Georgetown University School of Medicine: Protect Students' Access to Medical Education
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It is a privilege to attend Georgetown University School of Medicine (GUSOM), where we all live and breathe our value of Cura Personalis, or "Care of the Whole Person". Recent GUSOM initiatives have focused on cultivating a diverse and inclusive campus, which ensures students become physicians who embrace all dimensions of diversity in order to serve the growing health care needs of the diverse populations they serve. We are deeply concerned by the recent decision made by GUSOM administration to prevent an abortion and miscarriage management training from occurring on campus. This decision contradicts policies set forth by the administration to promote the free exchange of ideas. We acknowledge the importance of respecting Georgetown University’s Jesuit Catholic tradition. However, denying students the ability to facilitate educational opportunities undermines their access to a comprehensive medical education, which is contradictory to the spirit of Cura Personalis.
GUSOM’s mission is to generate “knowledgeable, ethical, skillful and compassionate physicians”. To support this mission, a core competency required of all medical students is to “perform general clinical procedures required to provide basic patient care”. We understand abortion is not permitted in Catholic hospitals by the Ethical and Religious Directives and therefore not permitted at Georgetown University Medical Center (GUMC). However, many medical students at GUSOM will go on to careers that require abortion and miscarriage management. According to the CDC, there were 188 abortions per every 1,000 live births in the U.S. in 2015. Miscarriages are even more common with up to 1 in 4 confirmed pregnancies ending in miscarriage. Given the frequency of these medical conditions, it is undeniable that knowledge of their management constitutes “basic patient care”. Since GUSOM provides no formal training on these skills, Medical Students for Choice, an “unofficial” student-run club, aims to fill this gap in the curriculum with an annual event called “the Papaya Workshop”. This workshop, facilitated by attending physicians, teaches students about first trimester abortion and miscarriage management using papayas. It is very well attended by students, which demonstrates the desire for students to obtain these skills. It has also been successfully facilitated on campus premises for the past 2 years under direct knowledge and support of the medical school administration.
This event is being held without any funding or resources from Georgetown University. Medical Students for Choice has followed all policies set forth by the administration, such as not posting this event on the official school event calendars and not using school email listservs to advertise this event. We have been informed the main concern surrounding this event is the use of space on the medical school premises. This is in direct contradiction of the Georgetown University’s Access to Benefits Policy and GUSOM Student Handbook Appendix W which states unofficial clubs which do not align with Jesuit Catholic values can reserve space on campus. The events which take place under this policy are not endorsed by the University, but serve as a way to “facilitate the student’s role as an active member of the academic community.” Medical Students for Choice has reserved space at the medical school several times per year in compliance with this policy.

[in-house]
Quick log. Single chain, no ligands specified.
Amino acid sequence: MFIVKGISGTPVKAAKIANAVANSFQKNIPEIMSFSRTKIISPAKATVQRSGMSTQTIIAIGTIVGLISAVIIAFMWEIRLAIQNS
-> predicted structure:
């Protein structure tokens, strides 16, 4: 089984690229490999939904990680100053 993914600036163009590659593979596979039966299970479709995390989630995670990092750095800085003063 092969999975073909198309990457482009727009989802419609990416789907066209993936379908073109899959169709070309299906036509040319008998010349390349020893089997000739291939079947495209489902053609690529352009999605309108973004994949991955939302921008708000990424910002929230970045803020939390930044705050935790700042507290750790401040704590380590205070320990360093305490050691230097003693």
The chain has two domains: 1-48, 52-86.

Furthermore, in contrast with all other clubs at GUSOM, Medical Students for Choice receives no University funding. Hosting an event off-campus necessitates renting community space, and for a club that receives no institutional funding, this decision effectively cancels the event. Actively denying students the opportunity to learn about a legal and safe medical procedure while in training at Georgetown is a disservice to students’ education and career preparation and is in direct opposition with the GUSOM mission.
We ask the administration to allow Medical Students for Choice to follow Access to Benefits Policy and allow the club to host all its events on campus. Students deserve a comprehensive and culturally competent medical education that promotes the free exchange of ideas and the practice of evidence-based medicine. We appreciate your time and consideration of our request. We hope you will decide to promote the needs of students and support their continued medical education.
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